Back home on Friday night after watching the journalism drama “The Post” at the ArcLight in Pasadena, I hunted around for coverage of the political drama “the shutdown.”
I found MSNBC live broadcasting a view of the Senate floor from on high, with knots of senators, one for each party, in discussion, and occasional emissaries walking between them.
Reflecting on the void in presidential leadership, one of the commentators said something like, “This is what parliamentary democracy looks like.” That would be OK, I figured.
The big difference would be that smaller parties often have power in parliamentary systems, and paralysis can result in a snap election. Now that would be interesting indeed.
As predicted, the Senate majority leader was fairly artfully tying his opponents to “illegal immigration” and lack of health care for kids. The minority leader had a weaker hand, in my opinion, but played it well, painting his opponents as intransigent on the issue of those brought here illegally as children.
At midnight, like an aircraft carrier with its engines shut off, the government was cruising on momentum.
I suspected the gyrating compass of blame would come to point at the President. His flip-flops on the Dreamers have been well publicized and as the government ran out of fuel, he seemed to dither.
But polls released on Monday showed that Americans were fairly discerning in this contest, spreading the blame equitably. A larger group of 41 percent saw the Republicans as the ones at fault, while 36 percent said it was the Democrats, according to a Politico/Morning Consult poll.
My theory is that while clueless on an awful lot of things, Trump is a kind of savant when it comes to manipulating his army of supporters. And I think he felt his way to the confrontation on immigration, believing he could win it.
But another set of polling data, released by the Pew Research Center on Friday, may have helped the impetus towards a short-term agreement Monday. The data said 74 percent of Americans favor permanent legal status for those brought here illegally when they were children.
Even among Republicans and those leaning that way, the poll showed that 50 percent support legal status, with 40 percent opposed.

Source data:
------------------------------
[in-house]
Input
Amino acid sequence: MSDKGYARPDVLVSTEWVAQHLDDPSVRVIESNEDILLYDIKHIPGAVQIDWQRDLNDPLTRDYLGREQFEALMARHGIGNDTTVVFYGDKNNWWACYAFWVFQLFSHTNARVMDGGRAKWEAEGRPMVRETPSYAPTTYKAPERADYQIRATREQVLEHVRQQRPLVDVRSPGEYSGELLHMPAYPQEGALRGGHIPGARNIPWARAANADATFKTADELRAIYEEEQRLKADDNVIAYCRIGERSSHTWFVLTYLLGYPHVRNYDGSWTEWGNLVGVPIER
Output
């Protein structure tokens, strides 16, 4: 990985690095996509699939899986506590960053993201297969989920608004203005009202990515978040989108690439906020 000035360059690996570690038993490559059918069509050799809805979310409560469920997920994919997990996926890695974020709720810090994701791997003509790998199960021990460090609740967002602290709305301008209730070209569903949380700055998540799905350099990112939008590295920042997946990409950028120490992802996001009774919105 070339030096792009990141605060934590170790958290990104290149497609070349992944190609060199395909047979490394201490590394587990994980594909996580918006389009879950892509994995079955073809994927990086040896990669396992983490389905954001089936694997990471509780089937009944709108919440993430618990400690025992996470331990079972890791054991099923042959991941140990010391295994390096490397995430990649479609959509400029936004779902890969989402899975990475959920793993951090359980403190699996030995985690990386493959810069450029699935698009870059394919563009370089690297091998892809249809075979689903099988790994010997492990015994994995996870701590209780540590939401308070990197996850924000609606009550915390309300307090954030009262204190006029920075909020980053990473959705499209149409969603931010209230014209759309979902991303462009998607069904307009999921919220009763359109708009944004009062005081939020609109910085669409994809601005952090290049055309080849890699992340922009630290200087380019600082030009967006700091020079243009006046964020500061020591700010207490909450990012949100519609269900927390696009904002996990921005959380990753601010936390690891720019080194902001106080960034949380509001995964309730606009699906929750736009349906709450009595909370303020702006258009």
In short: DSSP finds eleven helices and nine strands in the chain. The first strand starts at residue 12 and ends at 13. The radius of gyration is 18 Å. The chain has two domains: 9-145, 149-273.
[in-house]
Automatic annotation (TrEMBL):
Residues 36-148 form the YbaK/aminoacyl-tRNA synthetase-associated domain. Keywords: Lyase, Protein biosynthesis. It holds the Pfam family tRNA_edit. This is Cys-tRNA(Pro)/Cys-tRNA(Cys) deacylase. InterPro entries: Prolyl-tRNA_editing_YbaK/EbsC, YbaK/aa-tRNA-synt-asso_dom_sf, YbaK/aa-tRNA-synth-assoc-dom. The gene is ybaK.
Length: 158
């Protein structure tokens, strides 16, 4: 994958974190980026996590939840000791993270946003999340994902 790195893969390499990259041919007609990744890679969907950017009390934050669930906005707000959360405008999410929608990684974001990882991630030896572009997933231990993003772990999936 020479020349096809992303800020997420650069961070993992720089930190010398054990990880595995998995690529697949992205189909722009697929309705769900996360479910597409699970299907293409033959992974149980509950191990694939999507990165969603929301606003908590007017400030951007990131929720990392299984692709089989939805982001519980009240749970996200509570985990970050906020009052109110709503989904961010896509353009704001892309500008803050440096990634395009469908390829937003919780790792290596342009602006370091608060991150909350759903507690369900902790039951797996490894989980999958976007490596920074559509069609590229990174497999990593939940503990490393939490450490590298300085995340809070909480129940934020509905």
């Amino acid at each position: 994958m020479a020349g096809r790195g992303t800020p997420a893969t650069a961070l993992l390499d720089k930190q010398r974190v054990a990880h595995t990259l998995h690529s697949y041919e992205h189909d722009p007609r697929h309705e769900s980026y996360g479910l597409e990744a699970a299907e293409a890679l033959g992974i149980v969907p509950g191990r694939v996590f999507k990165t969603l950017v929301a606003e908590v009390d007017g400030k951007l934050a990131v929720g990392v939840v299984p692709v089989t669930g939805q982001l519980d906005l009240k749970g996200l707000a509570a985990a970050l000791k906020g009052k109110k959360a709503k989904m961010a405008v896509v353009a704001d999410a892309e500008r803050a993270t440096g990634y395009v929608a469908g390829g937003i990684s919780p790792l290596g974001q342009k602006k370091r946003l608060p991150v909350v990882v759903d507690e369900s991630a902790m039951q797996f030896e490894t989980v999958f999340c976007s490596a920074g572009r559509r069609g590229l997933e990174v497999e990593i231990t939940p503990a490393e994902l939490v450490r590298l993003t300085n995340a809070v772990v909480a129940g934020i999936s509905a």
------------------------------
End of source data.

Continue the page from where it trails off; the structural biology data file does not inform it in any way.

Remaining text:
Americans are still a generous lot. Even in these times, when columns of foreigners have marched into Europe from the Middle East and Africa, when the President propagates the notion of “the other” taking your job, and even in the face of bombings by immigrants, a big majority of Americans remain willing to give the Dreamers a break.
Those numbers suggest that a year of propaganda from the President, aided by his enthralled TV network, has not had that much effect on the American polity. They have not strayed from their overall character as a forgiving and generous people.
But the Pew poll also carried a bad omen for the party in power. A revolt is brewing, with support for a voter’s incumbent representative at 48 percent. Republican support for their own representatives is lower than Democratic support for theirs leading up to the anti-Obama wave in 2010.
The good thing for the party out of power is that Monday’s agreement to fund the government will allow that overall dissatisfaction to continue percolating. And the Democrats get away with pushing identity politics – instead of non-denominational economic fairness – one more time.
These are tumultuous times, but watching the dramatization of the news process in “The Post,” I was reminded of the times back then, when anti-war demonstrations filled the streets, when political anger combined with profound cultural revolution, when internal political sects set off bombs and robbed banks.
The actual and current drama of the Trump era is set in a more stable time. From day to day, the politics seem turbulent and just wild, with the action pushed along at breakneck pace by the man in the White House.
But the fabric of American society remains strong and elections are coming. The mood that has settled over the current craziness is found in an old Persian adage: This too shall pass.